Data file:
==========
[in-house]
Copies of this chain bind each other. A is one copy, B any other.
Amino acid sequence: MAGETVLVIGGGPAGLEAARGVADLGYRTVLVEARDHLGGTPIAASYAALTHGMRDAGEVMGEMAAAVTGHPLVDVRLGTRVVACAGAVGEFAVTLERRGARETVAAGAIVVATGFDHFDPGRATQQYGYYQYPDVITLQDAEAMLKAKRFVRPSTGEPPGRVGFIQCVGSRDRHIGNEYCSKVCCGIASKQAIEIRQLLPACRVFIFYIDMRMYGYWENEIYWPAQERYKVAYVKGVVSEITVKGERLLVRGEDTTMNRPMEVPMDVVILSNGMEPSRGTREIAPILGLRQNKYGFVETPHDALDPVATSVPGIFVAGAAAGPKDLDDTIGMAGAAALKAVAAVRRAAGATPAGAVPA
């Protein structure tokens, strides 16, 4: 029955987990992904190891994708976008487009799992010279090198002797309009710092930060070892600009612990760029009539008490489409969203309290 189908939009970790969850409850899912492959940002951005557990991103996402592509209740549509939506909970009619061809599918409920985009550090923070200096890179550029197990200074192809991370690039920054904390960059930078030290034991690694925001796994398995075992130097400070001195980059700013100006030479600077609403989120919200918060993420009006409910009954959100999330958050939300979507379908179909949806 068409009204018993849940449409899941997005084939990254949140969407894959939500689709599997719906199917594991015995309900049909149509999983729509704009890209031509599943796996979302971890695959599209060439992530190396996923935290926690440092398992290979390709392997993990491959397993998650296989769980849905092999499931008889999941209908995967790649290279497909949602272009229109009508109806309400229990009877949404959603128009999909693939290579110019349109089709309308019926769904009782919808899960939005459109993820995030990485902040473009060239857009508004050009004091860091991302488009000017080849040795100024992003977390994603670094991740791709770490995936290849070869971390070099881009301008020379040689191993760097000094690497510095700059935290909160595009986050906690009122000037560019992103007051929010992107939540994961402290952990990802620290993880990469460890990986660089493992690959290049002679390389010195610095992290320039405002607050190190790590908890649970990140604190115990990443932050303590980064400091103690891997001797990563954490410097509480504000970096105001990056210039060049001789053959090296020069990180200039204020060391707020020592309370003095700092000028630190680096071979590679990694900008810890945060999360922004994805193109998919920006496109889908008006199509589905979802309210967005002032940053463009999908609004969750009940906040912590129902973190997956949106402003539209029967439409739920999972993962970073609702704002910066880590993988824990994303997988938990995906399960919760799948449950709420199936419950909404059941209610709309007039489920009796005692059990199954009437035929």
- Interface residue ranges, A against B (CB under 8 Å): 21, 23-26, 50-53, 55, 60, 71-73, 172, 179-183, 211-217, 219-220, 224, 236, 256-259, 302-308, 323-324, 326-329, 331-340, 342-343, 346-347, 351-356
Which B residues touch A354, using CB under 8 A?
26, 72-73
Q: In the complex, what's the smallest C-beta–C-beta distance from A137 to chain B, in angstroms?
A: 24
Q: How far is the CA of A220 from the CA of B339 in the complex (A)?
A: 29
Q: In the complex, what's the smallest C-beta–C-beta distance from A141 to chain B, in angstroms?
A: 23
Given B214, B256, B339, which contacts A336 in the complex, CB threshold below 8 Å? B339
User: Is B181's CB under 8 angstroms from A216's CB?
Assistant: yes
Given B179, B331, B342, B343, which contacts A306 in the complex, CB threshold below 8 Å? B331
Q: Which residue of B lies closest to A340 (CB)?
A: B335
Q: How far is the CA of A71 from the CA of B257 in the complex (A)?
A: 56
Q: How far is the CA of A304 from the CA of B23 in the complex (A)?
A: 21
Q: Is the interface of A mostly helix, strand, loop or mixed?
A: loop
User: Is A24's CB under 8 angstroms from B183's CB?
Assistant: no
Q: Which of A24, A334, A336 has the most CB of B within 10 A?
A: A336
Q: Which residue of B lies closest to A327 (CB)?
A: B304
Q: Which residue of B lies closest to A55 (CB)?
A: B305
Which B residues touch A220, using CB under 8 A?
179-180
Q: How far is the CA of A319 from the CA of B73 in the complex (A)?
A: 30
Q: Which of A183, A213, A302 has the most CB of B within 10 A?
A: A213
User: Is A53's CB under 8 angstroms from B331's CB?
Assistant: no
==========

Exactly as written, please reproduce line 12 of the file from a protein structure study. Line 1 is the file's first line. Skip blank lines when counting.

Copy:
Q: In the complex, what's the smallest C-beta–C-beta distance from A141 to chain B, in angstroms?